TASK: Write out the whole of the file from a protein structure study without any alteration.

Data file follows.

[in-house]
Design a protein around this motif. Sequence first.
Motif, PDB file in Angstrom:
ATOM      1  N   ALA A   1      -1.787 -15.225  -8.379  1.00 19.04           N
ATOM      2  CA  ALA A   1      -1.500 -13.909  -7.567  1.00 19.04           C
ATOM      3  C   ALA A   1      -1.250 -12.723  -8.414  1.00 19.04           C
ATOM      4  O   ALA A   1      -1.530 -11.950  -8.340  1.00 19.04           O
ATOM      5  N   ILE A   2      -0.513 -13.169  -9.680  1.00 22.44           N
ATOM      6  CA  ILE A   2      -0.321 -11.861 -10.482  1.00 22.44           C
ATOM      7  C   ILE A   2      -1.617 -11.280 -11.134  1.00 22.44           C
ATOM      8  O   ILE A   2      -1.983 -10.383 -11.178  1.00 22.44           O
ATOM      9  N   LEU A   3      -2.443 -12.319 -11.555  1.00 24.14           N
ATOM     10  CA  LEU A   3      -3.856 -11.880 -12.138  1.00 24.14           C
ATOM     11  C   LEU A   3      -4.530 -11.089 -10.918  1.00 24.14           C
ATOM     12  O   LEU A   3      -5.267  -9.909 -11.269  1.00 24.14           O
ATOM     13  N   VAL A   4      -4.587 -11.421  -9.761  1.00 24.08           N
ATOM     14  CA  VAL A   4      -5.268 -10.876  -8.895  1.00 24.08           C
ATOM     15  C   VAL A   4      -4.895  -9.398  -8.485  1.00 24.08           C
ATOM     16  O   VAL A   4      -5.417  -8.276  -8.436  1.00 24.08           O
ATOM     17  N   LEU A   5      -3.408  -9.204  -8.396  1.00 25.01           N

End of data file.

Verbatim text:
[in-house]
Design a protein around this motif. Sequence first.
Motif, PDB file in Angstrom:
ATOM      1  N   ALA A   1      -1.787 -15.225  -8.379  1.00 19.04           N
ATOM      2  CA  ALA A   1      -1.500 -13.909  -7.567  1.00 19.04           C
ATOM      3  C   ALA A   1      -1.250 -12.723  -8.414  1.00 19.04           C
ATOM      4  O   ALA A   1      -1.530 -11.950  -8.340  1.00 19.04           O
ATOM      5  N   ILE A   2      -0.513 -13.169  -9.680  1.00 22.44           N
ATOM      6  CA  ILE A   2      -0.321 -11.861 -10.482  1.00 22.44           C
ATOM      7  C   ILE A   2      -1.617 -11.280 -11.134  1.00 22.44           C
ATOM      8  O   ILE A   2      -1.983 -10.383 -11.178  1.00 22.44           O
ATOM      9  N   LEU A   3      -2.443 -12.319 -11.555  1.00 24.14           N
ATOM     10  CA  LEU A   3      -3.856 -11.880 -12.138  1.00 24.14           C
ATOM     11  C   LEU A   3      -4.530 -11.089 -10.918  1.00 24.14           C
ATOM     12  O   LEU A   3      -5.267  -9.909 -11.269  1.00 24.14           O
ATOM     13  N   VAL A   4      -4.587 -11.421  -9.761  1.00 24.08           N
ATOM     14  CA  VAL A   4      -5.268 -10.876  -8.895  1.00 24.08           C
ATOM     15  C   VAL A   4      -4.895  -9.398  -8.485  1.00 24.08           C
ATOM     16  O   VAL A   4      -5.417  -8.276  -8.436  1.00 24.08           O
ATOM     17  N   LEU A   5      -3.408  -9.204  -8.396  1.00 25.01           N